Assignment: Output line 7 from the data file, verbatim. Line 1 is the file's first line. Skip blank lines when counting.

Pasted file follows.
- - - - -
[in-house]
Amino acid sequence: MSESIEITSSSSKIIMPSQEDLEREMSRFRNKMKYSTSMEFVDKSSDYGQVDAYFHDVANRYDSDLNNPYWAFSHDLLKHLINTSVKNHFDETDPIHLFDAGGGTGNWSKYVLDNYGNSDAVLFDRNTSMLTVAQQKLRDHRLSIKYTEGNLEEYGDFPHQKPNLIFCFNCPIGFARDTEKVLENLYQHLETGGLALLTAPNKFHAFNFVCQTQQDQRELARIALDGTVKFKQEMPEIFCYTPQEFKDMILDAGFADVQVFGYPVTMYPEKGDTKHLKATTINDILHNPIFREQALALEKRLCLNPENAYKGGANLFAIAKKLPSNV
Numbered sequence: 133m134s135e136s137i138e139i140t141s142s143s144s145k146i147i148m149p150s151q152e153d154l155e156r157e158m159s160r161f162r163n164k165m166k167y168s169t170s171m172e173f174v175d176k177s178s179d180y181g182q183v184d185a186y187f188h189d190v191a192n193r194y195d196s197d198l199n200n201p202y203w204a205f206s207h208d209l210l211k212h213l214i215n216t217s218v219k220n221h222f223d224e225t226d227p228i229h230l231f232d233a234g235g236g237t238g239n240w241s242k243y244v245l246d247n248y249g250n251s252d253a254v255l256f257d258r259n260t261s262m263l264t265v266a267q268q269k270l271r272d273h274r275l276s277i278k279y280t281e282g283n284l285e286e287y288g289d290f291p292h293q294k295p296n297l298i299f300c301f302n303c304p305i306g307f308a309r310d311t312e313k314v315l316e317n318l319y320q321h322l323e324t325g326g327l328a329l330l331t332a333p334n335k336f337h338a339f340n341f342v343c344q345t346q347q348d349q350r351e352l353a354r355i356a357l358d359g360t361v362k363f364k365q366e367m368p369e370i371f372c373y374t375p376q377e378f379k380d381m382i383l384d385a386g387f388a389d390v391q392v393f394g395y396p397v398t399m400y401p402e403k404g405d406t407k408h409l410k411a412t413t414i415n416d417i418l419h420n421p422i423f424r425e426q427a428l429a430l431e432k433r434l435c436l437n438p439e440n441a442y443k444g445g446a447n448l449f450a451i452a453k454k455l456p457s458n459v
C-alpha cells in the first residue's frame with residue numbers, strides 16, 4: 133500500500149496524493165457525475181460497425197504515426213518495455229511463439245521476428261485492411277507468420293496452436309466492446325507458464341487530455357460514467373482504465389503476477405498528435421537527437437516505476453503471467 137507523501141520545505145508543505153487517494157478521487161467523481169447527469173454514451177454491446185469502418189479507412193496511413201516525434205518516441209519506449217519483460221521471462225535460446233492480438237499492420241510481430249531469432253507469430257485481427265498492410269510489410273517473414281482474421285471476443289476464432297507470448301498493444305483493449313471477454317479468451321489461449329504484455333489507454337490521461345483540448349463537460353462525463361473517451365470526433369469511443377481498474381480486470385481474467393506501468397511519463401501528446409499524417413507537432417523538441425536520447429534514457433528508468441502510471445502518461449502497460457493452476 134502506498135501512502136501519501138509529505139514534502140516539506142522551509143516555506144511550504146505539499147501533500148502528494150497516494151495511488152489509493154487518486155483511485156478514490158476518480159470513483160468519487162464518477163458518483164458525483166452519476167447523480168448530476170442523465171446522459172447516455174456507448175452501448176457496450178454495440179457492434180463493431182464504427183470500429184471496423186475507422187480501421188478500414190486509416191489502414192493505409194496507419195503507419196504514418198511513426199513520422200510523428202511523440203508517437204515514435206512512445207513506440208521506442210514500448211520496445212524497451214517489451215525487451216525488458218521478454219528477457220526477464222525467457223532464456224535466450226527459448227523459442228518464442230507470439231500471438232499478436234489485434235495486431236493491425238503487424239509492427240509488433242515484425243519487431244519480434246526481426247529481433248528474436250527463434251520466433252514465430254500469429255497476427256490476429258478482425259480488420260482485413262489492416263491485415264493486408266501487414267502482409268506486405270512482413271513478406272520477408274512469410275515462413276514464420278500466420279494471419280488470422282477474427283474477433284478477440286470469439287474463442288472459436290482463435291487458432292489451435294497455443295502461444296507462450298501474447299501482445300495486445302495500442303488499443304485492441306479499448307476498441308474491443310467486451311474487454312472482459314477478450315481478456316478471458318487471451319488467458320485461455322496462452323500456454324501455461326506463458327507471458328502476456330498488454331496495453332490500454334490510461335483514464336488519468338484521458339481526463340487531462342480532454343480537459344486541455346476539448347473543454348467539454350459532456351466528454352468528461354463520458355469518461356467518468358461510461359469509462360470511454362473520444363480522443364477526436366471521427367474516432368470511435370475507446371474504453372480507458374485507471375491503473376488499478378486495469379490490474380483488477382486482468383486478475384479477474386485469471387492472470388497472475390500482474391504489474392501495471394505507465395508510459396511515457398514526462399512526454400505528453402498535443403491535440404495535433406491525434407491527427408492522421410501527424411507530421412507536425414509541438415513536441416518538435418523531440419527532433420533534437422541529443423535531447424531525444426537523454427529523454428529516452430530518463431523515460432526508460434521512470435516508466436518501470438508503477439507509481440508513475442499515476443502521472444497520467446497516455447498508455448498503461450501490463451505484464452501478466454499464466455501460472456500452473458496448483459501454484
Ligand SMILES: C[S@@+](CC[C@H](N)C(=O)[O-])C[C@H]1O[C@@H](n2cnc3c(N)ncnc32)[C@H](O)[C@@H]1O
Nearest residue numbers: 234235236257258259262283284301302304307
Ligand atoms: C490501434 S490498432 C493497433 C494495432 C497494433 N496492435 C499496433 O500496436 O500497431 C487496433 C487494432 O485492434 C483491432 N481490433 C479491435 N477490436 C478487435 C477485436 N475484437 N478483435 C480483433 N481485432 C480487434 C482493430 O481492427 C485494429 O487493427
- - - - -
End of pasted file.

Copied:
Ligand atoms: C490501434 S490498432 C493497433 C494495432 C497494433 N496492435 C499496433 O500496436 O500497431 C487496433 C487494432 O485492434 C483491432 N481490433 C479491435 N477490436 C478487435 C477485436 N475484437 N478483435 C480483433 N481485432 C480487434 C482493430 O481492427 C485494429 O487493427